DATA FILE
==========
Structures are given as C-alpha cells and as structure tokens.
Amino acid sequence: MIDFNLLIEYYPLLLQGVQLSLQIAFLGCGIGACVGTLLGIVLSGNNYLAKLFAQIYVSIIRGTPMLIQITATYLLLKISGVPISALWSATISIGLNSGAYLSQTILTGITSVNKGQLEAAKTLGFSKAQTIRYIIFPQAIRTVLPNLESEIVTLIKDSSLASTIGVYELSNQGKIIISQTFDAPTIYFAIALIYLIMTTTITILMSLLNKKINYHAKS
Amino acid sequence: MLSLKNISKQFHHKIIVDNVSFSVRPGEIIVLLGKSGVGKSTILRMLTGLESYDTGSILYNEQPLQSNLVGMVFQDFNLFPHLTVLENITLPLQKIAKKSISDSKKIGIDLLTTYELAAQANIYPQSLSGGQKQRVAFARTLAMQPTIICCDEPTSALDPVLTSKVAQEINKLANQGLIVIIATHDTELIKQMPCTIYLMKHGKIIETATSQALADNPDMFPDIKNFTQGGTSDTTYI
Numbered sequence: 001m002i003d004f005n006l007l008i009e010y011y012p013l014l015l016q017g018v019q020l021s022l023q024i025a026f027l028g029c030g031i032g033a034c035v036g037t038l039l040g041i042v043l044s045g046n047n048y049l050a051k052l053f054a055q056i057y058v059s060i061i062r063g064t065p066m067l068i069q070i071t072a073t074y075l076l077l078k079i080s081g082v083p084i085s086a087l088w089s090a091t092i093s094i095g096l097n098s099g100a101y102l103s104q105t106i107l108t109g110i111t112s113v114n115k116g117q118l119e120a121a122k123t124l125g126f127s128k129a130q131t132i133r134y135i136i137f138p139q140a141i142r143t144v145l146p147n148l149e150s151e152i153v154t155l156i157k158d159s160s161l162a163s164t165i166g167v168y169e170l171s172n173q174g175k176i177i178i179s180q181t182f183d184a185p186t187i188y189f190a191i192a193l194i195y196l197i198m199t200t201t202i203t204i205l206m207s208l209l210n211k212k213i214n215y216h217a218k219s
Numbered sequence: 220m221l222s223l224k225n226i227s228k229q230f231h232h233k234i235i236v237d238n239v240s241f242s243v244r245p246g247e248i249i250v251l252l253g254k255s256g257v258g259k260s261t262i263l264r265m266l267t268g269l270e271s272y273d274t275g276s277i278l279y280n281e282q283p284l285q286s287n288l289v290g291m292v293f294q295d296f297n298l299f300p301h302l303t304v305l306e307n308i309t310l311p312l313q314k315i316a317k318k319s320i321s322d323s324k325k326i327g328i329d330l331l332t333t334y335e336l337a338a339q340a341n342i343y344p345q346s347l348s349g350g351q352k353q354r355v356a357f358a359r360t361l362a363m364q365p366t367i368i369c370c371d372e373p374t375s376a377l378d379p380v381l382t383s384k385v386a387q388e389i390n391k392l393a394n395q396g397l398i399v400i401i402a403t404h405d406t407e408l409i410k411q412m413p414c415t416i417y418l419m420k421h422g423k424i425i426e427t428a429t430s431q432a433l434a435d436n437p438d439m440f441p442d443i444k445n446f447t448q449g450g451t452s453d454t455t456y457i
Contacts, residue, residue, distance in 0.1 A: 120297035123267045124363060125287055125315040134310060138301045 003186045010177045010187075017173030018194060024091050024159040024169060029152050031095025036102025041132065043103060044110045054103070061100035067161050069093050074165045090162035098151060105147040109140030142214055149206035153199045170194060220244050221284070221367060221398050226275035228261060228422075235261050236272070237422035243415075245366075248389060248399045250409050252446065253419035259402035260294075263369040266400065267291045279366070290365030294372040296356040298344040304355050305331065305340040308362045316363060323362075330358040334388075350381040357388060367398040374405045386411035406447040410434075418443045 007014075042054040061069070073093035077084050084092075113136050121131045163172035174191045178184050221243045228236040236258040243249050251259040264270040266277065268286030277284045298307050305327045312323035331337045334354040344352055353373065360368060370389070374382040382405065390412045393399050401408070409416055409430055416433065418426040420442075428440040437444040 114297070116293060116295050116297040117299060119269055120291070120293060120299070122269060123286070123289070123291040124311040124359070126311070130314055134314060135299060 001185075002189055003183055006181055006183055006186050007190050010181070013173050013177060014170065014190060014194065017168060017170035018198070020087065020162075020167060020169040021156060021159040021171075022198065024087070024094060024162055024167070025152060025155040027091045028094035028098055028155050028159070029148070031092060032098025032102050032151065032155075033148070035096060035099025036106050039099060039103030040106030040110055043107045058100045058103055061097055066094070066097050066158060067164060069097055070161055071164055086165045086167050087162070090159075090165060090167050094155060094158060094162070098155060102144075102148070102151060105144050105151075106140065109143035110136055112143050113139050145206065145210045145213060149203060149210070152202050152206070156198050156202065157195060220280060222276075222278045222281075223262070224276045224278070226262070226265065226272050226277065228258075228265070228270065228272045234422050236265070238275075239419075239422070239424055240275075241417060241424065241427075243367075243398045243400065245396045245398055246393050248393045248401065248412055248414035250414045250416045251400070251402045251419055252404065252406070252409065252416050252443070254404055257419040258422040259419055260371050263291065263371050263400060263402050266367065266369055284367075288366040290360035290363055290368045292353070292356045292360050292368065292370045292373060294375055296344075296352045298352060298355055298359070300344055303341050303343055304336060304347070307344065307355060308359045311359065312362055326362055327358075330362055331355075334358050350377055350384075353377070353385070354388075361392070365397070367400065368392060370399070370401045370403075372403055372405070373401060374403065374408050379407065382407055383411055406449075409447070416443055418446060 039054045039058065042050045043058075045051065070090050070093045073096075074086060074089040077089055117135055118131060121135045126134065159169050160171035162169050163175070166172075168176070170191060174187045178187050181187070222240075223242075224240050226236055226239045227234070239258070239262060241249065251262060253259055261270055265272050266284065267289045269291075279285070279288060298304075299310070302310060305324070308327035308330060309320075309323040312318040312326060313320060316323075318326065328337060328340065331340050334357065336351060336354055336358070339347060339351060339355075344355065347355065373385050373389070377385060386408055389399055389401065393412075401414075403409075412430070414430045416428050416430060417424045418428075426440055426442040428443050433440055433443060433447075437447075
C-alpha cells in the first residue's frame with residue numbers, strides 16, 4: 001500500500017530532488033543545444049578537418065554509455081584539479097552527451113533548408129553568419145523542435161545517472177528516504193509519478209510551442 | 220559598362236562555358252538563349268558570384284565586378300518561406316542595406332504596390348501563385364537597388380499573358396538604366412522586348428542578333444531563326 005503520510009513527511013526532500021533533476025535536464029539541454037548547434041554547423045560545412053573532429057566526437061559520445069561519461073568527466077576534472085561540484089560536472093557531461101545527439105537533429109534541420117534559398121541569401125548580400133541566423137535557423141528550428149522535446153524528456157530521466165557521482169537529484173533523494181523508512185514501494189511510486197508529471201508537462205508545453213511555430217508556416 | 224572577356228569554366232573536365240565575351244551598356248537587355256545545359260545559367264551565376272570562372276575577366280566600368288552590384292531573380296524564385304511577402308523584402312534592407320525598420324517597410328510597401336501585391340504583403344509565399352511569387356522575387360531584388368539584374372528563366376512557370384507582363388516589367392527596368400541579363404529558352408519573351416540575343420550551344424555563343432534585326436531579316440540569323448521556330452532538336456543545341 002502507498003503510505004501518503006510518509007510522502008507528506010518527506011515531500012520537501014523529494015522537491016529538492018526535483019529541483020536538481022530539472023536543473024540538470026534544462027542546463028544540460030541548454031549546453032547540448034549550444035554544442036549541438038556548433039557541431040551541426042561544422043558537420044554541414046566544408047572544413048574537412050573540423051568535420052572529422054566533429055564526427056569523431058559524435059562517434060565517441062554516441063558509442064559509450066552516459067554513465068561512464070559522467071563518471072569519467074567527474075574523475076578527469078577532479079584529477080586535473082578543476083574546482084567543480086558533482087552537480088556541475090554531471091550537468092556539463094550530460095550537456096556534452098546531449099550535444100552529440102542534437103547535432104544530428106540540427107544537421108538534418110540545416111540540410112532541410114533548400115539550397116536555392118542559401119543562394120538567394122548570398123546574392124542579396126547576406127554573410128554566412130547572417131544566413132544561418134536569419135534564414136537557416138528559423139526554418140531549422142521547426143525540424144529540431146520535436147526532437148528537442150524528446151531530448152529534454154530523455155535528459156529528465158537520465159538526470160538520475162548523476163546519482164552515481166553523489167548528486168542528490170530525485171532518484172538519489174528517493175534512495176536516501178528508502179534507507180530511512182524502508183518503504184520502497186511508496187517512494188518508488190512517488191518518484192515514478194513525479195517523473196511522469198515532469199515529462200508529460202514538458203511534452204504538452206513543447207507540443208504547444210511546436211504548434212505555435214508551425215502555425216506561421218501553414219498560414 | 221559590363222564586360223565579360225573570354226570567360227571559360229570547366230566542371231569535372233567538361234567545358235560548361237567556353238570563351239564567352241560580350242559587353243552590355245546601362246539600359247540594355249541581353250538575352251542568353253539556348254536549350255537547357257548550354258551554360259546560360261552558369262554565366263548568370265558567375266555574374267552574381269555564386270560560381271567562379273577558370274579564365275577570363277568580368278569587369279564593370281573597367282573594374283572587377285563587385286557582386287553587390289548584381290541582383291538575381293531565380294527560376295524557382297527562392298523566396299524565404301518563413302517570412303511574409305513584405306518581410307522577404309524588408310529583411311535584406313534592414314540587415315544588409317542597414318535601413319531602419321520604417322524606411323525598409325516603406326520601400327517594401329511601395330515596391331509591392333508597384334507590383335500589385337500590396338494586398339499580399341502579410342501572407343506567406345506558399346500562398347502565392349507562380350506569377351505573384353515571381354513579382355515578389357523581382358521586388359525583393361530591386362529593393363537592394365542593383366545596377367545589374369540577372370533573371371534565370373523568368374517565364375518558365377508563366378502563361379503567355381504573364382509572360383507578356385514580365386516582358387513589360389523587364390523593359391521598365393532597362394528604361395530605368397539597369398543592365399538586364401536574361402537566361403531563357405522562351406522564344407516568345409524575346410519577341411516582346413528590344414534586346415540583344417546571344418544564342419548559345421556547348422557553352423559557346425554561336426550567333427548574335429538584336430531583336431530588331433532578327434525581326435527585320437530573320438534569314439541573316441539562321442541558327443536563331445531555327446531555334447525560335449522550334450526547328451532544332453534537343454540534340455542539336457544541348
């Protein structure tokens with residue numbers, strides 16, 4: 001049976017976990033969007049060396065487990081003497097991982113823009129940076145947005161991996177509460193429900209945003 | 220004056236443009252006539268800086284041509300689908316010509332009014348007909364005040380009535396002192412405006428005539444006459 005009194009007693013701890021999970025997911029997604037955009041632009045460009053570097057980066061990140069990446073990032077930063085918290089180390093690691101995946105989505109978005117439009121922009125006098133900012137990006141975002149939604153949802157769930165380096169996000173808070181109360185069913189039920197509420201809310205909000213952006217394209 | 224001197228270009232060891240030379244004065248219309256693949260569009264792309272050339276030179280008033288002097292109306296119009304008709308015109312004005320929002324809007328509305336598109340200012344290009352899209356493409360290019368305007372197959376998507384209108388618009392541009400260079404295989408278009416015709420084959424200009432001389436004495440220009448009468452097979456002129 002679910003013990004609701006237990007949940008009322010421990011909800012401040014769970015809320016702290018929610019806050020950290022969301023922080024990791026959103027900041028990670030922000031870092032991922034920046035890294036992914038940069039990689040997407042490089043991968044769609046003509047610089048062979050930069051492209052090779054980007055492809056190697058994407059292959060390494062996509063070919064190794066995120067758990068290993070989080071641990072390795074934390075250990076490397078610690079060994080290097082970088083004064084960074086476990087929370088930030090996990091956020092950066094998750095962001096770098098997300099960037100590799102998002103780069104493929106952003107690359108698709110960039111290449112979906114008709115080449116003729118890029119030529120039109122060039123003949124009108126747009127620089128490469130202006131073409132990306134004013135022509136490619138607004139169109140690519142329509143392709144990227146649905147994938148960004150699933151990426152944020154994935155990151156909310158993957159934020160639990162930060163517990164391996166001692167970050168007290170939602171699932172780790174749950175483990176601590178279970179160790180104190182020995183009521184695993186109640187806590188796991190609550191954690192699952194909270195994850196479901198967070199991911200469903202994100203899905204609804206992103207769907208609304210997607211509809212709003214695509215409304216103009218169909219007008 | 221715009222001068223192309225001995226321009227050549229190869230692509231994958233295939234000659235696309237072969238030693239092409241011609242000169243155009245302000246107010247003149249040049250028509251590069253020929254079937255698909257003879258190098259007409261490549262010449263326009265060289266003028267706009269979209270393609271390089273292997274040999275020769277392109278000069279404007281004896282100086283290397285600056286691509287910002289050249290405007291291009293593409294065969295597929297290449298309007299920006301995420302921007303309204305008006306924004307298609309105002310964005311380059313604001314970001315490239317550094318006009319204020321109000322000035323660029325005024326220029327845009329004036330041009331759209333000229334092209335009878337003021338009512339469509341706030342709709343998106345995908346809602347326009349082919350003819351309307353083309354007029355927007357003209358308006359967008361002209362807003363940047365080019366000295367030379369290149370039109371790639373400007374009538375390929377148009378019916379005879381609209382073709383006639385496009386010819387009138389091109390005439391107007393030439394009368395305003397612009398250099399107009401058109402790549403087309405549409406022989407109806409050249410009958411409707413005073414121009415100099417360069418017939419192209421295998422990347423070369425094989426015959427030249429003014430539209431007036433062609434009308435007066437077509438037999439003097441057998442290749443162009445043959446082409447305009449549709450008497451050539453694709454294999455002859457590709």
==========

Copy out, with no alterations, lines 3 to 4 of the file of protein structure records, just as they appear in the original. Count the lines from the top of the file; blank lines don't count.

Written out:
Amino acid sequence: MLSLKNISKQFHHKIIVDNVSFSVRPGEIIVLLGKSGVGKSTILRMLTGLESYDTGSILYNEQPLQSNLVGMVFQDFNLFPHLTVLENITLPLQKIAKKSISDSKKIGIDLLTTYELAAQANIYPQSLSGGQKQRVAFARTLAMQPTIICCDEPTSALDPVLTSKVAQEINKLANQGLIVIIATHDTELIKQMPCTIYLMKHGKIIETATSQALADNPDMFPDIKNFTQGGTSDTTYI
Numbered sequence: 001m002i003d004f005n006l007l008i009e010y011y012p013l014l015l016q017g018v019q020l021s022l023q024i025a026f027l028g029c030g031i032g033a034c035v036g037t038l039l040g041i042v043l044s045g046n047n048y049l050a051k052l053f054a055q056i057y058v059s060i061i062r063g064t065p066m067l068i069q070i071t072a073t074y075l076l077l078k079i080s081g082v083p084i085s086a087l088w089s090a091t092i093s094i095g096l097n098s099g100a101y102l103s104q105t106i107l108t109g110i111t112s113v114n115k116g117q118l119e120a121a122k123t124l125g126f127s128k129a130q131t132i133r134y135i136i137f138p139q140a141i142r143t144v145l146p147n148l149e150s151e152i153v154t155l156i157k158d159s160s161l162a163s164t165i166g167v168y169e170l171s172n173q174g175k176i177i178i179s180q181t182f183d184a185p186t187i188y189f190a191i192a193l194i195y196l197i198m199t200t201t202i203t204i205l206m207s208l209l210n211k212k213i214n215y216h217a218k219s